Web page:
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The real big bang theory The real big bang theory
by Joseph Gatt
2020-12-15 11:10:36
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Physicists tend to agree that the universe was born out of a massive explosion that led to the proliferation of chemicals and stars and rocks around the universe. And those chemicals spread around the universe.

But then, when I ask astrophysicists to explain to me what caused the nuclear-like event, they tell me something like “the explosion came out of nothing” and they usually assume I'm some Evangelical Christian who is trying to argue with them that God created the universe in six days. But that's not what it is.

I am something of a Jew who believes that the creation stories in the book of Genesis in the Bible contain more historical analogy and metaphors than scientific fact.

univ0001_400To the point.

What is my creation story? How was the universe created?

In the beginning, there was nothing. But that was trillions or quadrillions years ago. The most likely thing that emerged out of nothingness was some kind of wave. There was the inception of a micro wave, the waves expanded into several waves, and the waves gave birth to winds.

We can probably not know what chemical components the winds were made out of, but probably something resembling hydrogen or oxygen, that kind of chemical composition.

The winds expanded and mixed, got together. And at some point, when the winds mixed, a chemical reaction led to the creation of dust particles.

The dust spread around, brushed together, and that caused “mini-fires” or small fires. The fires grew larger and larger and became big stars, bigger stars, even bigger stars.

The stars cooled down and became rocks. The rocks fell at different speeds, brushed against each other, gave birth to more stars. Rocks fell off and collided with other rocks, or collided with stars. Some rocks fell off despite being ignited, and there you have comets.

Some stars trapped rocks, the rocks developed atmosphere from the star's gasses, and the rocks evolved to developing different shapes and colors.

Some rocks flew around, and trapped by the speed of other rocks falling around, either revolved around the rocks, or followed the rocks, and there you have satellites.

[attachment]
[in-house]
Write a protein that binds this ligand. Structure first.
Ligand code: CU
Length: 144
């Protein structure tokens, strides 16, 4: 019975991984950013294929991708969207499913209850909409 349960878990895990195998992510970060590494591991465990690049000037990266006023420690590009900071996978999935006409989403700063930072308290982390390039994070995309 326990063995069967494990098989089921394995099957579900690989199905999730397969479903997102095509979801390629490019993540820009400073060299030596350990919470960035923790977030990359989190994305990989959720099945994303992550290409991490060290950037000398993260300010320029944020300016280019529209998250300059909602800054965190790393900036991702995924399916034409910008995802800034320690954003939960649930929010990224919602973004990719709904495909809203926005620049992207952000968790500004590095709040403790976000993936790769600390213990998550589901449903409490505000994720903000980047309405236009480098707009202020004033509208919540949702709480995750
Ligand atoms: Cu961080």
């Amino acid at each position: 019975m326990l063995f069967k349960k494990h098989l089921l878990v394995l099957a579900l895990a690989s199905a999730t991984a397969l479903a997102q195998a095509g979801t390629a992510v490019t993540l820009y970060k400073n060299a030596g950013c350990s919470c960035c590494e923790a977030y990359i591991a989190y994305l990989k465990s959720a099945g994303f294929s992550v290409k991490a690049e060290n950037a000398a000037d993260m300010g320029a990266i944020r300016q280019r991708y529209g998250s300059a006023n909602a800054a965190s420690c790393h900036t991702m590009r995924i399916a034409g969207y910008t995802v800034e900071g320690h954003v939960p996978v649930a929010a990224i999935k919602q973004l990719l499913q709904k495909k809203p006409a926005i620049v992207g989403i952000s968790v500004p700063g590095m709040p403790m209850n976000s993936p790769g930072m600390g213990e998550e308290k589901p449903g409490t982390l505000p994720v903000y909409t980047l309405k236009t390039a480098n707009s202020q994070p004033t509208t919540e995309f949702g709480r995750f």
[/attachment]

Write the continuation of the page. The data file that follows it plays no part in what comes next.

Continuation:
For a big bang to take place, you would need a massive concentration of hydrogen or radiation. I'm not denying the existence of big bangs; there are areas around the universe where there are such huge concentrations of stars that the excess radiations cause massive explosions which cause rocks to fly around and stars to fly off and so on.

But you can't have explosions out of nothing. So in the beginning it was probably waves, then winds, then dust, then small fires, then bigger fires, then rocks, then the rest.

I'll finish with a question I got the other day: how come meteorites hit the earth? Why aren't meteorites trapped by the Sun's radiation and float around the Sun?

That's because the speed at which the meteorites fly around are solar system surpasses the waves at which the Sun traps its rocks. That is, to put things simply, the meteorite was propelled at such high speed that the Sun can't trap it, so it flies around the solar system.

Why did physicists before me come up with the big bang theory in the first place?

I think it was some complicated calculations that led them to believe that it was a massive concentration of energy that was “trapped” and that eventually blew up and gave birth to the universe.

I've said it in the past. I always disagreed with the big bang theory (which is why I failed all my elementary, middle school and high school physics tests) because the way I see the universe is a place where things evolve very gradually, slowly and naturally, not a place where revolutions take place.

What does religion have to do with all this? As an amateur physicist, every time I mention the universe, the question of religion and God arises.

You have the Atheists trying to prove that there is not God and that's why the study the universe. And the religious ones trying to prove there is a God and they try to find God's perfect laws of the universe.

But I study the universe differently. When I go to China or Italy on vacation, I don't go there trying to reinforce my faith in God, I go there to have a good time, drink some local beers, eat some decent food, and observe what there is, visit the places and look at them for what they are.

I place my trust and faith in God but I don't let that invade my every move or my every thought. So just like when I visit France I look at the Champs Elysées for what they are, a nice place to take a stroll, at times dangerous, not too romantic, lots of expensive stores, and everything's closed on Sunday. I try to leave religion out of those observations.

Same thing for when I study the universe. I try to leave religion out of those observations, and study it for exactly what I think it is or what I observe it is.


  
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